Regulation limiting sulphur oxide emissions from January 2020 is likely to be a game- changer for the shipping industry, with wide-ranging implications for cost, compliance and crew. Large ports globally are even considering deploying so called “sniffer drones” to detect environmental rule-breakers – ships not using more expensive low-sulphur fuels may face significant penalties. “It is important shipping plays its part in a more sustainable environment. However, despite the fast approaching deadline, there is still a lack of international standards and concern over the availability and compatibility of low-sulphur fuel,” explains Captain Rahul Khanna, Global Head of Marine Risk Consulting, AGCS. “Insurers are concerned about a potential increase in machinery breakdown claims with the introduction of low sulphur fuels if the transition is not well-managed. There is also potential for disruptions and delays to voyages if there is a lack of compliant, compatible fuel in port.”
Political risk has heightened around the globe and increasingly poses a threat to shipping security, trade and supply chains through conflicts, territorial disputes, cyber-attacks, sanctions, piracy and even sabotage, as evidenced by recent attacks on oil tankers in the Middle East. The growing number of migrants at sea and an increase in stowaways on commercial vessels also has serious consequences for ship owners, leading to delays, diversions and pressure on crew. Lagos, Nigeria, was the port which saw the highest number of reported incidents.
Recent years have also seen an increase in migrants making crossings in unseaworthy vessels, most notably heading to Europe from Africa and the Middle East. Around 113,000 migrants entered Europe by sea in 2018 – the fifth year in a row this total has been in excess of 100,000, according to the International Organization for Migration. In June 2018, the container ship Alexander Maersk rescued 113 migrants. The vessel responded to a request by the Maritime Rescue Coordination Center in Rome to change course and assist in a search and rescue operation in international waters.
The number of piracy incidents around the world increased by 12% year-on-year to 201 in 2018. Given 2017’s total of 180 incidents was the lowest total for 22 years, the 2018 piracy count still represents an 18% decrease in incidents from five years ago (2014:245). Increased activity in the Gulf of Guinea (more than 70 incidents overall) is responsible for Nigeria replacing Indonesia as the top global hotspot for piracy, accounting for 48 incidents or almost one in four of all reported cases globally. Many crews are kidnapped and taken into Nigeria where they are held for ransom.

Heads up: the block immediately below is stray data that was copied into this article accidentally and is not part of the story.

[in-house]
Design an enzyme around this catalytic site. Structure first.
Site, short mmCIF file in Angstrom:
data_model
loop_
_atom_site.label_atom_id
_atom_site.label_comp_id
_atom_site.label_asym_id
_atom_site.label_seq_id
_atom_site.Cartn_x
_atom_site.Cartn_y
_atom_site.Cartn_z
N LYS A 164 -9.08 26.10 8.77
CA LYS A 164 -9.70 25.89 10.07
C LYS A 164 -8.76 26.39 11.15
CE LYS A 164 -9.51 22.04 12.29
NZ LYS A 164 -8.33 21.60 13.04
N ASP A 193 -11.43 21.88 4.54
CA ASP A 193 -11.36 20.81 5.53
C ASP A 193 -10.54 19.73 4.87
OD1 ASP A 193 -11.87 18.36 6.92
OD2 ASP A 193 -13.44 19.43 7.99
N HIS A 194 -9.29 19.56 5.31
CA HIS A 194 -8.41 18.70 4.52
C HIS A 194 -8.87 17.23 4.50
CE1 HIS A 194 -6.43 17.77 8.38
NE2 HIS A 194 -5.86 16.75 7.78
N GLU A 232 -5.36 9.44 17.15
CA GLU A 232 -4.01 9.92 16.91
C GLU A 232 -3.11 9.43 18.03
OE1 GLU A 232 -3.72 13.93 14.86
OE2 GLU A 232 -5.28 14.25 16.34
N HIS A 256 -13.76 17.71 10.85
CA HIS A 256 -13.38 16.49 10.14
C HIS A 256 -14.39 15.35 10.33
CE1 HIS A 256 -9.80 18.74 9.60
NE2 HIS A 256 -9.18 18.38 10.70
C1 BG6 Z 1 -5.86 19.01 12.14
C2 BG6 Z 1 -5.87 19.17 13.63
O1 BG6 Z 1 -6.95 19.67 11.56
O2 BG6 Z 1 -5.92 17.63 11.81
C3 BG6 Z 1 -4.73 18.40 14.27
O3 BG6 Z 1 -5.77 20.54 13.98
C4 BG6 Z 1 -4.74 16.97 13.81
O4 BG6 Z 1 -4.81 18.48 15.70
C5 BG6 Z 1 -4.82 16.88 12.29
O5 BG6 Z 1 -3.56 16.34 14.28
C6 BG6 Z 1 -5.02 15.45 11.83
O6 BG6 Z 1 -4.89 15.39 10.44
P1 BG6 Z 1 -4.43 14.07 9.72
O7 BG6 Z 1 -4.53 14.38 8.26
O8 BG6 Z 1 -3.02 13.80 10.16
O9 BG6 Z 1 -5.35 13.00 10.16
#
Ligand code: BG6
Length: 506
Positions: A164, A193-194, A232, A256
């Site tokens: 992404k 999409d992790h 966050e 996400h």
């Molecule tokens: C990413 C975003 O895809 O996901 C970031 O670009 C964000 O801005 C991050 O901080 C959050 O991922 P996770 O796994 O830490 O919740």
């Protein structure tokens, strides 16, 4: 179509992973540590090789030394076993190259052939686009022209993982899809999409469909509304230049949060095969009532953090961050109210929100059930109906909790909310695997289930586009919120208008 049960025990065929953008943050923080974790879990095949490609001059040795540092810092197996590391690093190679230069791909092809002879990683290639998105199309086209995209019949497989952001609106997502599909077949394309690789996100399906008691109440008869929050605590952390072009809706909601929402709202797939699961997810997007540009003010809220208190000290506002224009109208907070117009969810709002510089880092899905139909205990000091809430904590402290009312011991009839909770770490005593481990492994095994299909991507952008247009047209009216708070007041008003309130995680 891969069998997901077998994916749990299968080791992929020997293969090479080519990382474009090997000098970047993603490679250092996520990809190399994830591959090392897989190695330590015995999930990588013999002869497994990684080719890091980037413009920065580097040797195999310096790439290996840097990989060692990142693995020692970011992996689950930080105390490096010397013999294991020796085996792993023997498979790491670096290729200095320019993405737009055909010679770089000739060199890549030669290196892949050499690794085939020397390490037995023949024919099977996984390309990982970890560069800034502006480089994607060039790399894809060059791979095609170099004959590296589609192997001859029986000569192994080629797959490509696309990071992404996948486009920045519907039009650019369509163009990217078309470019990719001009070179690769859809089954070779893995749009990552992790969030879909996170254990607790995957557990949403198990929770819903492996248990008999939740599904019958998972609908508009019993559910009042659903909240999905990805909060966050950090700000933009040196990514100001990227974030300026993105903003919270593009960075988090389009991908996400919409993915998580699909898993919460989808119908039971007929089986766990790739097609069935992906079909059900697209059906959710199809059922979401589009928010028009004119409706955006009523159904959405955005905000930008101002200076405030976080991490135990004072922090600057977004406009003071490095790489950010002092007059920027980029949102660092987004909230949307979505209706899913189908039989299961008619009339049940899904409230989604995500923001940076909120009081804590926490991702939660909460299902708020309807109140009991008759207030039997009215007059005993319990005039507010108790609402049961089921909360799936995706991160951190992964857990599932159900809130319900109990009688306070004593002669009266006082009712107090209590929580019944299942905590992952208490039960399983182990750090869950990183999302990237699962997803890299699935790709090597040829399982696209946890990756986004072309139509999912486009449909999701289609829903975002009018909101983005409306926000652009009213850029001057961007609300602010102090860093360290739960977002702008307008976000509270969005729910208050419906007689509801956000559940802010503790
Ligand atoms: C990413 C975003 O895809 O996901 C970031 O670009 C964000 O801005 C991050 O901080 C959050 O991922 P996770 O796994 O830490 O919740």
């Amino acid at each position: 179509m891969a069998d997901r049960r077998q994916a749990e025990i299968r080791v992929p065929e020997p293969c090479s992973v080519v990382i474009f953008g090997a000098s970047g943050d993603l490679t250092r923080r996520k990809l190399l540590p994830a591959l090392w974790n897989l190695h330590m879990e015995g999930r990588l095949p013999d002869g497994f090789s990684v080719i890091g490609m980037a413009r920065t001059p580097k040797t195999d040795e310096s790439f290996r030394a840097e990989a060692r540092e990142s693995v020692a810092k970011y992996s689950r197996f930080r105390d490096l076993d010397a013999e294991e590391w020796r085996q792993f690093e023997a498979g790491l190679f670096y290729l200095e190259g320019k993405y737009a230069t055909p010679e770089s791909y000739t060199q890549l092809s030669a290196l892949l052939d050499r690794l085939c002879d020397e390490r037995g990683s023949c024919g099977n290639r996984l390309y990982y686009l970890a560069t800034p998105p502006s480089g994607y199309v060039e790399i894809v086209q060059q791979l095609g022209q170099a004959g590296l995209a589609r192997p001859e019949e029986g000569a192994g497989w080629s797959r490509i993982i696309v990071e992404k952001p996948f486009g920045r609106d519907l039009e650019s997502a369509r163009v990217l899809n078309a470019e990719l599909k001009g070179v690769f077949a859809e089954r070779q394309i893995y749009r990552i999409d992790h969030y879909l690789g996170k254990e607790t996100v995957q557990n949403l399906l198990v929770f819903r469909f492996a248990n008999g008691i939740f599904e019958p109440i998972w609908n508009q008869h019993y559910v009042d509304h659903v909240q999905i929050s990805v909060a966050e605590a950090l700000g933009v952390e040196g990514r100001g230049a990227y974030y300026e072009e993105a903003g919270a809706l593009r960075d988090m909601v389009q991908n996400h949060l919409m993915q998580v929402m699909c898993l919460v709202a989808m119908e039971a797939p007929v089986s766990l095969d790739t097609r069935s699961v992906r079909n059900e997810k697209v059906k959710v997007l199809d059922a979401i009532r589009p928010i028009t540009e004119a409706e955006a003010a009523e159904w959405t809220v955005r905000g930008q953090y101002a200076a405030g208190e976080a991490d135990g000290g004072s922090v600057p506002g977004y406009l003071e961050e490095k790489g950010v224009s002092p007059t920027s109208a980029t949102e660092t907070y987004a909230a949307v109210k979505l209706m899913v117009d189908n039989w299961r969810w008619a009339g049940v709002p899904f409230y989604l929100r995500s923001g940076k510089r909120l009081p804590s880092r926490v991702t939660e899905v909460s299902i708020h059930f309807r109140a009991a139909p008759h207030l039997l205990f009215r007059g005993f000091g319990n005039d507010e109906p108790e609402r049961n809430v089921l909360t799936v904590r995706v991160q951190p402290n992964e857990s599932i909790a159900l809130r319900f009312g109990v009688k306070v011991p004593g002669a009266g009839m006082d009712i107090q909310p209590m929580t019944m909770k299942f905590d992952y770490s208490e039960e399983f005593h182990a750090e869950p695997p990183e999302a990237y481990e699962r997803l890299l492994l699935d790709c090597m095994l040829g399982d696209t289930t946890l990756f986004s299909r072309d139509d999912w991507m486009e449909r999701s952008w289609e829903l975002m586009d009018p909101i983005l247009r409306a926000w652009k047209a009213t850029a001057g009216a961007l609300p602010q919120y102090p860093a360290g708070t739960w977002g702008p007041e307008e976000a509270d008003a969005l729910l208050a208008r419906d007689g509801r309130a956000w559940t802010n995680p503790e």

Pirates in Nigeria have also demonstrated their capabilities further out at sea by hijacking a tanker around 100 nautical miles off Point Noire, Congo in October 2018. The safety of crew continues to be a major cause of concern. The hijacking and boarding of vessels is still tied to inequality and the economic situation in parts of Africa and Asia, which together account for more than three in four cases globally.
Other risk topics in the AGCS Safety And Shipping Review include:
· The growing number of incidents on larger vessels is concerning. Container-carrying capacity has almost doubled over a decade and a worst case loss scenario could cost as much as US $4bn in future.
· Trusting technology: Safety-enhancing technology in shipping has been a positive for safety and claims, yet accidents continue to happen due to overreliance – even down to losses occurring from crew being on phones.
· Autonomous shipping makes waves: Progress continues to be made but technology is not a panacea if the root cause of incidents and losses is not addressed.
· All at sea – The most accident-prone vessels of the last year are three Greek Island ferries, all of which were involved in eight different incidents.